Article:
by Lowman S. Henry | September 08, 2008

PA General Assembly returns from vacation to confront reform agenda

dys func tion al, noun, 1 impaired or abnormal functioning; 2 abnormal or unhealthy interpersonal behavior or interaction within a group

The word “dysfunctional” accurately and succinctly describes the Pennsylvania House of Representatives. It is an institution bereft of leadership, awash in timidity, and totally out of touch with we the people of Penn’s woods whom it was elected to represent.

Having left Harrisburg on a two month vacation, the General Assembly is scheduled to reconvene next week. When last seen in July the legislature was again passing a state budget after the constitutionally-mandated deadline. Despite the fact a wide array of monumental issues ranging from reform to health care to energy remained on its agenda, the General Assembly adjourned to golf courses and beaches across the land.

Members will, of course, object to that characterization. They will claim to be hard at work in their districts doing “constituent service” and “committee work.” Some of that type of activity does occur, but not enough to merit the full-time pay and perks Pennsylvania showers on its elected class. Others will claim they should not all be painted with the same brush, but the back-benchers through their silence have empowered their leadership, so all remain culpable.

This session of the legislature began with calls from nearly all quarters for reform. Precious little has actually occurred, and the odds are long against much further action. As it returns for the final few working days of the current session the Democratic caucus is beset with in-fighting over the fate of Majority Leader Bill DeWeese who apparently fiddled while Bonusgate burned. On the Republican side, Minority Leader Sam Smith is seen about as often as his Punxsutawney neighbor Phil in the dead of winter.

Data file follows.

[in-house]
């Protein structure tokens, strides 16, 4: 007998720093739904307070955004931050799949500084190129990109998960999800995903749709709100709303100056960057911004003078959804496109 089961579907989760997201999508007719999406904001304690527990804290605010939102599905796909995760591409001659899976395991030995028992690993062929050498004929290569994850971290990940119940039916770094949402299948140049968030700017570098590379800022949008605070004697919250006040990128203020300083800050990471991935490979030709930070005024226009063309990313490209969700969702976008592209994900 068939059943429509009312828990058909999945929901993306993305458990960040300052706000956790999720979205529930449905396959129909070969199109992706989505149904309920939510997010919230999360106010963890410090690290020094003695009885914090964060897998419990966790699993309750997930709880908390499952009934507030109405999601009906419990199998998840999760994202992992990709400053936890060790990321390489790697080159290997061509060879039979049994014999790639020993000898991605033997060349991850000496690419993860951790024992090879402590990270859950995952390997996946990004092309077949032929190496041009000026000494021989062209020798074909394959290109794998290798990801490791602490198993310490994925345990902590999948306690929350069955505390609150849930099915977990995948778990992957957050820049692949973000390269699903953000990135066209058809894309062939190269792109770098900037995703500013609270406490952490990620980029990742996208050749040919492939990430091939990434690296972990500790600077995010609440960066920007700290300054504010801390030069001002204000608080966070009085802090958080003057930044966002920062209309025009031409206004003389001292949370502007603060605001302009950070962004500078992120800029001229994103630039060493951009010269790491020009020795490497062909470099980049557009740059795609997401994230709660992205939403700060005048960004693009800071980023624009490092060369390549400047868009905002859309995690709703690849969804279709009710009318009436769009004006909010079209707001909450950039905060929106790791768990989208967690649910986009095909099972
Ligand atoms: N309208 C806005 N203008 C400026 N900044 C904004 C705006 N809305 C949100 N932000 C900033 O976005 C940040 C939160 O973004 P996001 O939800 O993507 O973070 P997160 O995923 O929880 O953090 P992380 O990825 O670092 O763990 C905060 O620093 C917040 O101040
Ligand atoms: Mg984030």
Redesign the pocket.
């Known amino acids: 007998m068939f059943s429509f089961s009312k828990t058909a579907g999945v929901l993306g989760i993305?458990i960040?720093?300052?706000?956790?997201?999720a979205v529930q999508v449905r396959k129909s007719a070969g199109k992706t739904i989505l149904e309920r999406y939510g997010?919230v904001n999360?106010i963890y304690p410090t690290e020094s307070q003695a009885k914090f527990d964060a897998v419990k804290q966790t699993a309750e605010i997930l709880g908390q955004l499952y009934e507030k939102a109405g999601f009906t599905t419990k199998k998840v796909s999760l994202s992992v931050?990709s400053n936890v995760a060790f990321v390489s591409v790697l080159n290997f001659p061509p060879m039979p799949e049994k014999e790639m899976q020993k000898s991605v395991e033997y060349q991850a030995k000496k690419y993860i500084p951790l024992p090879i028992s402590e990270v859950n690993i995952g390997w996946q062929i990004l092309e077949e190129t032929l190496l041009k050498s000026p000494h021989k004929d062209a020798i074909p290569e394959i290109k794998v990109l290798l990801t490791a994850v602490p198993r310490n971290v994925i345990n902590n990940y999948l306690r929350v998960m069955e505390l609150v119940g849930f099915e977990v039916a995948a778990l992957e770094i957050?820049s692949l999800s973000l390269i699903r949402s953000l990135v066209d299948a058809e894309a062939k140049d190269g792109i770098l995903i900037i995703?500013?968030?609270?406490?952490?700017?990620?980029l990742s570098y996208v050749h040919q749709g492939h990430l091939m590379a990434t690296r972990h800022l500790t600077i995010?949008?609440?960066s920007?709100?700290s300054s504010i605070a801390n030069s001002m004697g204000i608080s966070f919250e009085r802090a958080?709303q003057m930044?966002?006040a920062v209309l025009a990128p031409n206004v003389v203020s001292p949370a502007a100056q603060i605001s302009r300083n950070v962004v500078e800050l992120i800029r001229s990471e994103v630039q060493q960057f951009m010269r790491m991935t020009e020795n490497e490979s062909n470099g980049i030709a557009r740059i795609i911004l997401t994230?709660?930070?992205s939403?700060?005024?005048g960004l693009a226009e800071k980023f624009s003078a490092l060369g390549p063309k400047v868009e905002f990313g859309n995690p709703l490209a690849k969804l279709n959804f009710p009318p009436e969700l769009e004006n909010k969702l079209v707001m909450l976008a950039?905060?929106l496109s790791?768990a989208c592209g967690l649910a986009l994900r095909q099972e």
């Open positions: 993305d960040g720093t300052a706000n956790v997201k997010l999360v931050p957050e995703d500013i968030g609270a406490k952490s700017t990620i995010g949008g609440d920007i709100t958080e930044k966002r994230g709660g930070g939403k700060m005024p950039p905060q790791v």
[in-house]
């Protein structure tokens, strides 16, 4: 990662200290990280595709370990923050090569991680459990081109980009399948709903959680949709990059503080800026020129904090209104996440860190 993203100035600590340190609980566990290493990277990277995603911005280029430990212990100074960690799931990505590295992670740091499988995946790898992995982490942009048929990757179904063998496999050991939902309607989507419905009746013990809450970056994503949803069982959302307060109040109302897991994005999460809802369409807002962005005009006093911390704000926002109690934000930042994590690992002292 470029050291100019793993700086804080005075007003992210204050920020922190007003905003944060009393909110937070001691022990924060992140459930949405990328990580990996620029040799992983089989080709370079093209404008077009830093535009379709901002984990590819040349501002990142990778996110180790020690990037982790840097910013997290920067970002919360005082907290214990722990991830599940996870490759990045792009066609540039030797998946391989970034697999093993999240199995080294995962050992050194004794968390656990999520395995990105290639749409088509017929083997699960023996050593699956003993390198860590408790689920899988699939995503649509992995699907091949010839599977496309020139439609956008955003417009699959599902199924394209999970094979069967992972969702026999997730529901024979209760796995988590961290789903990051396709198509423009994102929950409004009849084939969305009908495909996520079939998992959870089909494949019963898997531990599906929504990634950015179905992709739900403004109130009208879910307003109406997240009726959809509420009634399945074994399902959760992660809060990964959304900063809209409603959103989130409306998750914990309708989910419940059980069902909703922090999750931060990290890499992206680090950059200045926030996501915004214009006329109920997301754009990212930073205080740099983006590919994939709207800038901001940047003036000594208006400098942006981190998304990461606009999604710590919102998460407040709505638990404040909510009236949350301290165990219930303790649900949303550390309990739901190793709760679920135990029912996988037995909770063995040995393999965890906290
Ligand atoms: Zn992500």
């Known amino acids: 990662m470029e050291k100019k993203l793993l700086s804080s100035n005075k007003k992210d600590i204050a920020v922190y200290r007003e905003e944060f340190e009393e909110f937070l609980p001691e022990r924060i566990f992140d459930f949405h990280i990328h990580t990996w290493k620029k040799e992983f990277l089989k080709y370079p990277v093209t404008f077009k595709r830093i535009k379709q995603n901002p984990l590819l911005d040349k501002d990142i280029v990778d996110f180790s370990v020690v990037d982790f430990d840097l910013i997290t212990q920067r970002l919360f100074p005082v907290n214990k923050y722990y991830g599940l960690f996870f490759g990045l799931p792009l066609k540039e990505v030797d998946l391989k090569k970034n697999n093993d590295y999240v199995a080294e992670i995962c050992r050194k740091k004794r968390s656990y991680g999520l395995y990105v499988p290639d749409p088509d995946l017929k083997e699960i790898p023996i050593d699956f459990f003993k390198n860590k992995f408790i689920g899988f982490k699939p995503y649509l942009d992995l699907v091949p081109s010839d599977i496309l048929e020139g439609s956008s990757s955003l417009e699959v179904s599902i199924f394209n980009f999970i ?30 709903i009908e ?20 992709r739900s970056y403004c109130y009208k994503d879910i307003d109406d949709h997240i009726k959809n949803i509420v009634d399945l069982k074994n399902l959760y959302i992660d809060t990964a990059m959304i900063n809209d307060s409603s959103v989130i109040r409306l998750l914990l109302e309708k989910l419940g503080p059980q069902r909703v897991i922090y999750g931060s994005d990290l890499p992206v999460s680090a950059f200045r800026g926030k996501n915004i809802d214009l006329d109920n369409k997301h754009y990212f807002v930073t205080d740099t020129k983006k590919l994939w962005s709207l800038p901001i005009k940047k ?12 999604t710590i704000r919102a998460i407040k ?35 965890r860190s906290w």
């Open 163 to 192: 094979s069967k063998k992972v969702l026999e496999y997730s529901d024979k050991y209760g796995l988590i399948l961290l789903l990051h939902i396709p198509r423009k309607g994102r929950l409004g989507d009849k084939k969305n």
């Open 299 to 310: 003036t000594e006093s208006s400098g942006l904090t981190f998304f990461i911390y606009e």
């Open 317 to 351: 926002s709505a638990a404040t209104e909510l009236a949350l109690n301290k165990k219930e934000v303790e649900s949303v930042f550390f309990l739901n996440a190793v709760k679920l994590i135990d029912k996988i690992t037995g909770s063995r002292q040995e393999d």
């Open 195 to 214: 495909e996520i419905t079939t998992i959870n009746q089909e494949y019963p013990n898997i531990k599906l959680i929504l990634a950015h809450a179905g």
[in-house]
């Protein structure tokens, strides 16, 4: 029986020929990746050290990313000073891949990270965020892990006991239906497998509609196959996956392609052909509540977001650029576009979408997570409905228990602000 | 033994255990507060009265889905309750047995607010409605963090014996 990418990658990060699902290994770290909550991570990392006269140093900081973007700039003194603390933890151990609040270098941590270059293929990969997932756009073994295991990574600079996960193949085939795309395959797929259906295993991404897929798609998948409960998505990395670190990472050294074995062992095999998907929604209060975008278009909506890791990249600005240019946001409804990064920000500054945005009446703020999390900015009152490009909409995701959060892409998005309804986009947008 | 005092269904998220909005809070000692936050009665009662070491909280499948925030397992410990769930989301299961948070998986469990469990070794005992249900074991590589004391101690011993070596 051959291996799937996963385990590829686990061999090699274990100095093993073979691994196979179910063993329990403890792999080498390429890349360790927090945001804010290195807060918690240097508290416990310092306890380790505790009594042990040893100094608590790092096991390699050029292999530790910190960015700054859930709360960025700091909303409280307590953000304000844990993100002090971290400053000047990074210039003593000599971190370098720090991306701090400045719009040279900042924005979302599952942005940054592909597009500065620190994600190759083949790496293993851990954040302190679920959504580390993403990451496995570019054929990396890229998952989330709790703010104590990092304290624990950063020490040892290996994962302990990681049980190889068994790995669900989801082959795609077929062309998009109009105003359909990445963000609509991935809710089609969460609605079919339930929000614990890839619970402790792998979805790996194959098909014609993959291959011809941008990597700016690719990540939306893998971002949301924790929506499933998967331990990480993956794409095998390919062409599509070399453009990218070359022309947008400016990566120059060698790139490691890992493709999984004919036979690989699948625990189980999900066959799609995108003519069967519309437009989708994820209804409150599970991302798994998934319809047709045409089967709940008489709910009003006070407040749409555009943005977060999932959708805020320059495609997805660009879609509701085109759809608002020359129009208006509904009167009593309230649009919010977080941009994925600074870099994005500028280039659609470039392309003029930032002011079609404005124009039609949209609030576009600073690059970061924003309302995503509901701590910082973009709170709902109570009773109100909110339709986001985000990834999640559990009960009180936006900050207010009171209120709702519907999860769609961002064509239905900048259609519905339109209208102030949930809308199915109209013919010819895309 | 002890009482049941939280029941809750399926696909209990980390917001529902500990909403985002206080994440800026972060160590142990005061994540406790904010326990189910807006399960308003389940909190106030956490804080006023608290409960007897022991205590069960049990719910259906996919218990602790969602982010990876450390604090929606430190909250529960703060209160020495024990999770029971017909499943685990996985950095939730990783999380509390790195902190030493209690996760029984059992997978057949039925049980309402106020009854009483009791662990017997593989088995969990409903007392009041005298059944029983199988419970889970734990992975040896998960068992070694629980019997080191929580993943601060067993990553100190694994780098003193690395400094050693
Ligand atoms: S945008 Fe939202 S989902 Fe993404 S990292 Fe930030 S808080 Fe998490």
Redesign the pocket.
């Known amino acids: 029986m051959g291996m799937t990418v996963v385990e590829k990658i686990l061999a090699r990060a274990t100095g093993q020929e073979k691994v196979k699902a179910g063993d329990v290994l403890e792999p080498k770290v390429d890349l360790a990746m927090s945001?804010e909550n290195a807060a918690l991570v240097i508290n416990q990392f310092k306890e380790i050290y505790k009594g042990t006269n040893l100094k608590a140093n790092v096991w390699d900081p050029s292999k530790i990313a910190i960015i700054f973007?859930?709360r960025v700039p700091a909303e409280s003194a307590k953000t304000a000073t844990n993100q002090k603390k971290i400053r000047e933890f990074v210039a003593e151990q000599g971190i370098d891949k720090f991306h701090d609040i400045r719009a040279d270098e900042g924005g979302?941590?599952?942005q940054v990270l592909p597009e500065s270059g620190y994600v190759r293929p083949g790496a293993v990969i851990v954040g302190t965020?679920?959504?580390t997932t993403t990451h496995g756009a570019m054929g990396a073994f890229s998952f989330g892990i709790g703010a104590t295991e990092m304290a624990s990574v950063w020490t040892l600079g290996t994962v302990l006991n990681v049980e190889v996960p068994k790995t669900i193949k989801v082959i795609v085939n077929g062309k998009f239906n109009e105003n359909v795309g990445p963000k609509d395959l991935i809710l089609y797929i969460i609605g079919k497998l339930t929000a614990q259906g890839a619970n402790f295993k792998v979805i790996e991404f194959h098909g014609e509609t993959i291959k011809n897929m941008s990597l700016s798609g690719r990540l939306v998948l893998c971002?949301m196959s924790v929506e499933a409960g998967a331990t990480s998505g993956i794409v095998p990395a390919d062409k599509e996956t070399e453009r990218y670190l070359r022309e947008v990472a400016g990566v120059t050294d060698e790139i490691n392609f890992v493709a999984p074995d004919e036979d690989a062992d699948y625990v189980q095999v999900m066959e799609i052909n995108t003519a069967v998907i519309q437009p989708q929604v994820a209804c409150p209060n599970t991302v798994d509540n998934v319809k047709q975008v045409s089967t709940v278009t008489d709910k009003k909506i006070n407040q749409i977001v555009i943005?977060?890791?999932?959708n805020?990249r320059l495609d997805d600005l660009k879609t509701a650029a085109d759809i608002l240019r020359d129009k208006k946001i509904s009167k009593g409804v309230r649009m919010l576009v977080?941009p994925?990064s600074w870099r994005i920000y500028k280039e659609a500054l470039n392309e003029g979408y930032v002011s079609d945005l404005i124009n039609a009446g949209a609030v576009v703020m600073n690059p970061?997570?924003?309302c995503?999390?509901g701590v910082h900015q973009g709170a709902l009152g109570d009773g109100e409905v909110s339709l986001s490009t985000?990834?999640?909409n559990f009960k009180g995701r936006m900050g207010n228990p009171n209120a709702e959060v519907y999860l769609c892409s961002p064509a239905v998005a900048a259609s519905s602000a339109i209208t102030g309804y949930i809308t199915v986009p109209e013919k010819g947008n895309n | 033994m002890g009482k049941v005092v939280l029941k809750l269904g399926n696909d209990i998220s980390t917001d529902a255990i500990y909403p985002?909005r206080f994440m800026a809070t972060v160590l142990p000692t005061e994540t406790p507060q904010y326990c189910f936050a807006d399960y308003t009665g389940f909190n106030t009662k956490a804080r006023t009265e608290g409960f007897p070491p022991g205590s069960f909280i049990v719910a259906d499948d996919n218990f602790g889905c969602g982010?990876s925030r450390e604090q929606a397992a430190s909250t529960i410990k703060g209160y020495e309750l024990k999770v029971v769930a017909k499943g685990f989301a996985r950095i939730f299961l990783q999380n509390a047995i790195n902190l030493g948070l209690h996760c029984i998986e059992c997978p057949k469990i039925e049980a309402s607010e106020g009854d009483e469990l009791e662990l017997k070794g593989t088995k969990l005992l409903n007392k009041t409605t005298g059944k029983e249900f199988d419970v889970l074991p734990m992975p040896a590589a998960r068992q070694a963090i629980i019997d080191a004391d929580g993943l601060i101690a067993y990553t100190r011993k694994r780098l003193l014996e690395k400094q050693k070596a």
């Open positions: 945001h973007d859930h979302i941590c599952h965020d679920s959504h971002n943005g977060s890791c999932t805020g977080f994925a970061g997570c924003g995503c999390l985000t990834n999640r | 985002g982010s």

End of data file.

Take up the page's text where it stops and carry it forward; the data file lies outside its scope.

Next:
Dysfunction reigns.

That being the case the House of Representatives has one final chance at redemption. The state Senate has in fact passed a number of reform measures. They lay collecting dust on Bill DeWeese’s desk. In the legislative days remaining DeWeese should advance those bills to the floor for a vote. Then, either actual reform might occur; or at least each member of the House will have a complete voting record for which they can be held accountable.

Among the reform measures awaiting House action are:

  • A bill that would prohibit bonuses for Commonwealth employees.
  • A measure that would reign in state-paid vehicle use.
  • A bill that would post on the internet information on the use of state airplanes.
  • A bill that would require government salary information to be posted on-line.
  • The Taxpayer-Funded Advertising Transparency Act that would allow taxpayers to know when their money is being spent on advertising.
  • A proposal that would prohibit state agencies from entering into consulting contracts without prior review by the Attorney General.
  • Strengthening of penalties for violating the Sunshine Act.

Also, the House could take up debate and vote on passing the proposed Taxpayer Protection Amendment to the state constitution that would place a cap on future state spending increases tied to the rate of inflation plus population growth.

And, the most significant reform that could be passed: calling of a state constitutional convention.

If the General Assembly has proven one point over the past year and a half it is that it is incapable of reforming itself. As evidenced by the list of legislation detailed above passed by the Senate; that chamber has done a far superior job than the House. But, even the Senate has not passed reform proposals, such as a constitutional convention, that would bring real, structural change to state government.

It is unfortunate that voter focus has been diverted from the ongoing soap opera of Pennsylvania’s dysfunctional legislature. This year’s Presidential campaign is one of the most compelling in recent history, and all eyes are on the national race. But, voters should not neglect what is happening in Harrisburg. With every seat in the state House and half of the state Senate up for election in November voters must continue to demand action and accountability from their elected representatives in Harrisburg. To do otherwise would be to squander our best chance for real reform in a generation.